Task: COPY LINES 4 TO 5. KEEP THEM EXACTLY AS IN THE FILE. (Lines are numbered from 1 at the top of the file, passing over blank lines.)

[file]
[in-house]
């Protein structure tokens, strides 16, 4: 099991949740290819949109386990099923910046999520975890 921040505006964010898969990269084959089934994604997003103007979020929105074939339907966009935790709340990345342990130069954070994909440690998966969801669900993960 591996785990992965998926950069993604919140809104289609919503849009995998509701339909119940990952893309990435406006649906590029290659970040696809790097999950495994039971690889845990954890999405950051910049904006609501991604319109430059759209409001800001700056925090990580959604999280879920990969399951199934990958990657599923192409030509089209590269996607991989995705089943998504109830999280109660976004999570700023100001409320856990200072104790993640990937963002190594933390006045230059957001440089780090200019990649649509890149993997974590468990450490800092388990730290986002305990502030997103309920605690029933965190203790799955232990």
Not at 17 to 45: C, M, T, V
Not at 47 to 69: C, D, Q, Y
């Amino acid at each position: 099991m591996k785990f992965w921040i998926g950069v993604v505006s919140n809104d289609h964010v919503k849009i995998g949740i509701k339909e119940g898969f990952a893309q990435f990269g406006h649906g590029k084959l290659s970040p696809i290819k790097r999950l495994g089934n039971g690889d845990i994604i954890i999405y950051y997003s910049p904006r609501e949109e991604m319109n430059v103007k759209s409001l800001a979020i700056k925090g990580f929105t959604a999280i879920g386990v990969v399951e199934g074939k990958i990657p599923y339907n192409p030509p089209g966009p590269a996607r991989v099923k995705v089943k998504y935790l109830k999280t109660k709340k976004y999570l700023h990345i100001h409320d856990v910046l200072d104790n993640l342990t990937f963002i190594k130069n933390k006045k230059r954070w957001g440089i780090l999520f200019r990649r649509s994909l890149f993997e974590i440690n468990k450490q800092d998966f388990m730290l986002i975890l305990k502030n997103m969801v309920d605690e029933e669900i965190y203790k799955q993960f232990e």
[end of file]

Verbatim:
Not at 47 to 69: C, D, Q, Y
């Amino acid at each position: 099991m591996k785990f992965w921040i998926g950069v993604v505006s919140n809104d289609h964010v919503k849009i995998g949740i509701k339909e119940g898969f990952a893309q990435f990269g406006h649906g590029k084959l290659s970040p696809i290819k790097r999950l495994g089934n039971g690889d845990i994604i954890i999405y950051y997003s910049p904006r609501e949109e991604m319109n430059v103007k759209s409001l800001a979020i700056k925090g990580f929105t959604a999280i879920g386990v990969v399951e199934g074939k990958i990657p599923y339907n192409p030509p089209g966009p590269a996607r991989v099923k995705v089943k998504y935790l109830k999280t109660k709340k976004y999570l700023h990345i100001h409320d856990v910046l200072d104790n993640l342990t990937f963002i190594k130069n933390k006045k230059r954070w957001g440089i780090l999520f200019r990649r649509s994909l890149f993997e974590i440690n468990k450490q800092d998966f388990m730290l986002i975890l305990k502030n997103m969801v309920d605690e029933e669900i965190y203790k799955q993960f232990e």